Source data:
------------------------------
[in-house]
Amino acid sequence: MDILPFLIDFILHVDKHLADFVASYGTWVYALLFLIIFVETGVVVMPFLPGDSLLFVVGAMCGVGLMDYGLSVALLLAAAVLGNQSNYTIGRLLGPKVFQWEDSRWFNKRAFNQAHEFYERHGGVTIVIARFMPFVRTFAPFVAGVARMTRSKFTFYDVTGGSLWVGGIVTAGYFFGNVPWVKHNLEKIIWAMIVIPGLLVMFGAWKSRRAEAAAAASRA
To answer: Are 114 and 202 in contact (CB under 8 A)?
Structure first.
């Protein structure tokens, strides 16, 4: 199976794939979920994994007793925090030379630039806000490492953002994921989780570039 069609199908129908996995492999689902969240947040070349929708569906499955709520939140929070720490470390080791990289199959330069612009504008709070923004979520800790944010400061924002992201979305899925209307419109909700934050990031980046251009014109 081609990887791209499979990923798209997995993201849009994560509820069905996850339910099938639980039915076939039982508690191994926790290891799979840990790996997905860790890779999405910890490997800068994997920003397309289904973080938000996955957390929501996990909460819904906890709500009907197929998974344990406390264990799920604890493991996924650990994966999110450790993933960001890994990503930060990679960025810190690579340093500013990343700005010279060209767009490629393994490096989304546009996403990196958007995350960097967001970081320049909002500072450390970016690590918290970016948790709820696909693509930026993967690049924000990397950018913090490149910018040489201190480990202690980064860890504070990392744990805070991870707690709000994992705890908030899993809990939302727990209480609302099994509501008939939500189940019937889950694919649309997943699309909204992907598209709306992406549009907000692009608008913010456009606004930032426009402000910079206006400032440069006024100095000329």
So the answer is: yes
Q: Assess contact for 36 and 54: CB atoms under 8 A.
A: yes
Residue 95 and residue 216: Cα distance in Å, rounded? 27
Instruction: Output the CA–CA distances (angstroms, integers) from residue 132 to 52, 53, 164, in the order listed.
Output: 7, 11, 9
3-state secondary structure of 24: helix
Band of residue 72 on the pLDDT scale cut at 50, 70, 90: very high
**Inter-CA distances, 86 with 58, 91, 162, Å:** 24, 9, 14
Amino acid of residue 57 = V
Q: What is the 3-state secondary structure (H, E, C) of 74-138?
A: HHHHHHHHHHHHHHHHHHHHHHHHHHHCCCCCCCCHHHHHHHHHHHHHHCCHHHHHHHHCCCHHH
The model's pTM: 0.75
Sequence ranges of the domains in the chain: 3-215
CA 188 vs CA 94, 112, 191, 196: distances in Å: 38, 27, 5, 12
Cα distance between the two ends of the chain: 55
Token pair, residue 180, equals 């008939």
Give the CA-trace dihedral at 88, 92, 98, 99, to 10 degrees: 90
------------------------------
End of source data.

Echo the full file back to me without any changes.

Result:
[in-house]
Amino acid sequence: MDILPFLIDFILHVDKHLADFVASYGTWVYALLFLIIFVETGVVVMPFLPGDSLLFVVGAMCGVGLMDYGLSVALLLAAAVLGNQSNYTIGRLLGPKVFQWEDSRWFNKRAFNQAHEFYERHGGVTIVIARFMPFVRTFAPFVAGVARMTRSKFTFYDVTGGSLWVGGIVTAGYFFGNVPWVKHNLEKIIWAMIVIPGLLVMFGAWKSRRAEAAAAASRA
To answer: Are 114 and 202 in contact (CB under 8 A)?
Structure first.
């Protein structure tokens, strides 16, 4: 199976794939979920994994007793925090030379630039806000490492953002994921989780570039 069609199908129908996995492999689902969240947040070349929708569906499955709520939140929070720490470390080791990289199959330069612009504008709070923004979520800790944010400061924002992201979305899925209307419109909700934050990031980046251009014109 081609990887791209499979990923798209997995993201849009994560509820069905996850339910099938639980039915076939039982508690191994926790290891799979840990790996997905860790890779999405910890490997800068994997920003397309289904973080938000996955957390929501996990909460819904906890709500009907197929998974344990406390264990799920604890493991996924650990994966999110450790993933960001890994990503930060990679960025810190690579340093500013990343700005010279060209767009490629393994490096989304546009996403990196958007995350960097967001970081320049909002500072450390970016690590918290970016948790709820696909693509930026993967690049924000990397950018913090490149910018040489201190480990202690980064860890504070990392744990805070991870707690709000994992705890908030899993809990939302727990209480609302099994509501008939939500189940019937889950694919649309997943699309909204992907598209709306992406549009907000692009608008913010456009606004930032426009402000910079206006400032440069006024100095000329």
So the answer is: yes
Q: Assess contact for 36 and 54: CB atoms under 8 A.
A: yes
Residue 95 and residue 216: Cα distance in Å, rounded? 27
Instruction: Output the CA–CA distances (angstroms, integers) from residue 132 to 52, 53, 164, in the order listed.
Output: 7, 11, 9
3-state secondary structure of 24: helix
Band of residue 72 on the pLDDT scale cut at 50, 70, 90: very high
**Inter-CA distances, 86 with 58, 91, 162, Å:** 24, 9, 14
Amino acid of residue 57 = V
Q: What is the 3-state secondary structure (H, E, C) of 74-138?
A: HHHHHHHHHHHHHHHHHHHHHHHHHHHCCCCCCCCHHHHHHHHHHHHHHCCHHHHHHHHCCCHHH
The model's pTM: 0.75
Sequence ranges of the domains in the chain: 3-215
CA 188 vs CA 94, 112, 191, 196: distances in Å: 38, 27, 5, 12
Cα distance between the two ends of the chain: 55
Token pair, residue 180, equals 């008939």
Give the CA-trace dihedral at 88, 92, 98, 99, to 10 degrees: 90